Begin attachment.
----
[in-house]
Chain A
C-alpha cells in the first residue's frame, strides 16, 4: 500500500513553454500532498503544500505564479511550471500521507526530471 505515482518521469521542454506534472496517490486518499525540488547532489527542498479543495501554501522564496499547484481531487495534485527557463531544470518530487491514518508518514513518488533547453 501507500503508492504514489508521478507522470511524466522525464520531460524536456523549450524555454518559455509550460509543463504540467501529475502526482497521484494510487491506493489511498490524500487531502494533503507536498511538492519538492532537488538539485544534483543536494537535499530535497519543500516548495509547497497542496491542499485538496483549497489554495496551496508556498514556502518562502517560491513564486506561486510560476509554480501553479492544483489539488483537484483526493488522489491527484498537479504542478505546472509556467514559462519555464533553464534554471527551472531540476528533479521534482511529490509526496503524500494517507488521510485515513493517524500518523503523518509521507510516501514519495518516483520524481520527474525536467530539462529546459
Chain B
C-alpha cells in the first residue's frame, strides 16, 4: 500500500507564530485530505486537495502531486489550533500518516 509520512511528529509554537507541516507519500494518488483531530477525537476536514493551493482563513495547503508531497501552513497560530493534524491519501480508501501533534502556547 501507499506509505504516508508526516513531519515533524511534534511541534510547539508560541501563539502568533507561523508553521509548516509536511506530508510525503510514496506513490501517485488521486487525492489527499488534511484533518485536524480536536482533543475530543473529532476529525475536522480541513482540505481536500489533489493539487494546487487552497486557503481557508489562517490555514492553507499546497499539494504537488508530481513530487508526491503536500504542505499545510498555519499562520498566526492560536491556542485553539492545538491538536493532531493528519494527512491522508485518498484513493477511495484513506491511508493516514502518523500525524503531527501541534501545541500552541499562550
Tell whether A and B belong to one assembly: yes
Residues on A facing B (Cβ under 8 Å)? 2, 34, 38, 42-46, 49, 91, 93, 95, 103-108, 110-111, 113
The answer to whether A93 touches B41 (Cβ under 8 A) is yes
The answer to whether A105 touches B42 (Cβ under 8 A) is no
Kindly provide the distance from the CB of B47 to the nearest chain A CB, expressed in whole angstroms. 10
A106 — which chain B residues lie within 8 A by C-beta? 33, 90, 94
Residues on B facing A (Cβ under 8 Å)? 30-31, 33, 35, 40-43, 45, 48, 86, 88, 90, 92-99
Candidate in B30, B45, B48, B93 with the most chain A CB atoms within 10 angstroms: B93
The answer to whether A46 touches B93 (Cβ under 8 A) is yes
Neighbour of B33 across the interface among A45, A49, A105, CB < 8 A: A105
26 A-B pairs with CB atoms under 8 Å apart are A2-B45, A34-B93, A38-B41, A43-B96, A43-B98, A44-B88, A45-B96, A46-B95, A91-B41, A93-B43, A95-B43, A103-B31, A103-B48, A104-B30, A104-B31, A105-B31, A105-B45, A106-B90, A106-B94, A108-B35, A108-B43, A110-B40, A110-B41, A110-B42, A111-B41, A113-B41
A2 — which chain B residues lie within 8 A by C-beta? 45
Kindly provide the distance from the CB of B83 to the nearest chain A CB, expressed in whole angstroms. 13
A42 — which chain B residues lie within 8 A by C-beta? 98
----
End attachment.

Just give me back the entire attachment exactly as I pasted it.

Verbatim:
[in-house]
Chain A
C-alpha cells in the first residue's frame, strides 16, 4: 500500500513553454500532498503544500505564479511550471500521507526530471 505515482518521469521542454506534472496517490486518499525540488547532489527542498479543495501554501522564496499547484481531487495534485527557463531544470518530487491514518508518514513518488533547453 501507500503508492504514489508521478507522470511524466522525464520531460524536456523549450524555454518559455509550460509543463504540467501529475502526482497521484494510487491506493489511498490524500487531502494533503507536498511538492519538492532537488538539485544534483543536494537535499530535497519543500516548495509547497497542496491542499485538496483549497489554495496551496508556498514556502518562502517560491513564486506561486510560476509554480501553479492544483489539488483537484483526493488522489491527484498537479504542478505546472509556467514559462519555464533553464534554471527551472531540476528533479521534482511529490509526496503524500494517507488521510485515513493517524500518523503523518509521507510516501514519495518516483520524481520527474525536467530539462529546459
Chain B
C-alpha cells in the first residue's frame, strides 16, 4: 500500500507564530485530505486537495502531486489550533500518516 509520512511528529509554537507541516507519500494518488483531530477525537476536514493551493482563513495547503508531497501552513497560530493534524491519501480508501501533534502556547 501507499506509505504516508508526516513531519515533524511534534511541534510547539508560541501563539502568533507561523508553521509548516509536511506530508510525503510514496506513490501517485488521486487525492489527499488534511484533518485536524480536536482533543475530543473529532476529525475536522480541513482540505481536500489533489493539487494546487487552497486557503481557508489562517490555514492553507499546497499539494504537488508530481513530487508526491503536500504542505499545510498555519499562520498566526492560536491556542485553539492545538491538536493532531493528519494527512491522508485518498484513493477511495484513506491511508493516514502518523500525524503531527501541534501545541500552541499562550
Tell whether A and B belong to one assembly: yes
Residues on A facing B (Cβ under 8 Å)? 2, 34, 38, 42-46, 49, 91, 93, 95, 103-108, 110-111, 113
The answer to whether A93 touches B41 (Cβ under 8 A) is yes
The answer to whether A105 touches B42 (Cβ under 8 A) is no
Kindly provide the distance from the CB of B47 to the nearest chain A CB, expressed in whole angstroms. 10
A106 — which chain B residues lie within 8 A by C-beta? 33, 90, 94
Residues on B facing A (Cβ under 8 Å)? 30-31, 33, 35, 40-43, 45, 48, 86, 88, 90, 92-99
Candidate in B30, B45, B48, B93 with the most chain A CB atoms within 10 angstroms: B93
The answer to whether A46 touches B93 (Cβ under 8 A) is yes
Neighbour of B33 across the interface among A45, A49, A105, CB < 8 A: A105
26 A-B pairs with CB atoms under 8 Å apart are A2-B45, A34-B93, A38-B41, A43-B96, A43-B98, A44-B88, A45-B96, A46-B95, A91-B41, A93-B43, A95-B43, A103-B31, A103-B48, A104-B30, A104-B31, A105-B31, A105-B45, A106-B90, A106-B94, A108-B35, A108-B43, A110-B40, A110-B41, A110-B42, A111-B41, A113-B41
A2 — which chain B residues lie within 8 A by C-beta? 45
Kindly provide the distance from the CB of B83 to the nearest chain A CB, expressed in whole angstroms. 13
A42 — which chain B residues lie within 8 A by C-beta? 98